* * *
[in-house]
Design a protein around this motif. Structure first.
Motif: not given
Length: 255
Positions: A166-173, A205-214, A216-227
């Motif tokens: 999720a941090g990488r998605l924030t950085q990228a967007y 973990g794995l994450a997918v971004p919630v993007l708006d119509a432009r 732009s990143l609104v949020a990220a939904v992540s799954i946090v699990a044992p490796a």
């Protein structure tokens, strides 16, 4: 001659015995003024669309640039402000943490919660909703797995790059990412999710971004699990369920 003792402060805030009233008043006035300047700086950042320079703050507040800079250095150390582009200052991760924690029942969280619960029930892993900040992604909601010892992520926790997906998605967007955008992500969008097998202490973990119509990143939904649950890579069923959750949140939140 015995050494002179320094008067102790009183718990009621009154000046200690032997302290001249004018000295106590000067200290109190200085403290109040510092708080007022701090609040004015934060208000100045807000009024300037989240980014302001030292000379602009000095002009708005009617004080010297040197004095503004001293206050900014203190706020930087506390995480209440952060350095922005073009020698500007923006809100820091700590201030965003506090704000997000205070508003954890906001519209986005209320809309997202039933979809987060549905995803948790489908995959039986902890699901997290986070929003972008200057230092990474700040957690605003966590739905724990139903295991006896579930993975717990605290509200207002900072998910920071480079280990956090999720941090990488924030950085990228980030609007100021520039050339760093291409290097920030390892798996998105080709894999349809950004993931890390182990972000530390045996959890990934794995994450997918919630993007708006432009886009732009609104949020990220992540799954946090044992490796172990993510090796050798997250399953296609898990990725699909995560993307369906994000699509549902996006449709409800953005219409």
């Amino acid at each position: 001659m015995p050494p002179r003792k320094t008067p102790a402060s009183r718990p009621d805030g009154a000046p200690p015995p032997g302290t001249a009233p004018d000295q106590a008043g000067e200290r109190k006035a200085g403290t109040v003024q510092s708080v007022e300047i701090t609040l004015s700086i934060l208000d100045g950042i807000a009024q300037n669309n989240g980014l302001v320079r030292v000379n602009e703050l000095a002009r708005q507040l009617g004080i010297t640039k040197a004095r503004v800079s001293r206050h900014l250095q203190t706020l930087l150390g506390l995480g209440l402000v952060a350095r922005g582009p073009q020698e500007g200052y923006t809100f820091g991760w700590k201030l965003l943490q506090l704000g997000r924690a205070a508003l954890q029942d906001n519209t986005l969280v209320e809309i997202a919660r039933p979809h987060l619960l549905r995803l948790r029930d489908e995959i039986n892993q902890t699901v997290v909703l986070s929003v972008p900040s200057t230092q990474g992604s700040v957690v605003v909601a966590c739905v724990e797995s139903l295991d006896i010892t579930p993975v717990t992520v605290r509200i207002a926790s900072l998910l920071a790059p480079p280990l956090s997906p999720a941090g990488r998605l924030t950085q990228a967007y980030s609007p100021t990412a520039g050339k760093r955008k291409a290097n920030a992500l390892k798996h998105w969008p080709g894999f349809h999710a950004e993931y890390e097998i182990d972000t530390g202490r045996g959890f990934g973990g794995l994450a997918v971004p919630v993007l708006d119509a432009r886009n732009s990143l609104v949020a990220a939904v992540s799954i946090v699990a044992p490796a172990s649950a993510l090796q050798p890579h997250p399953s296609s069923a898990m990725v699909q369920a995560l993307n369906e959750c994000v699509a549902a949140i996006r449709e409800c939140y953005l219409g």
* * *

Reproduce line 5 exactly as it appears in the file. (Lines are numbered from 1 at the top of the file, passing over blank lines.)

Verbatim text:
Positions: A166-173, A205-214, A216-227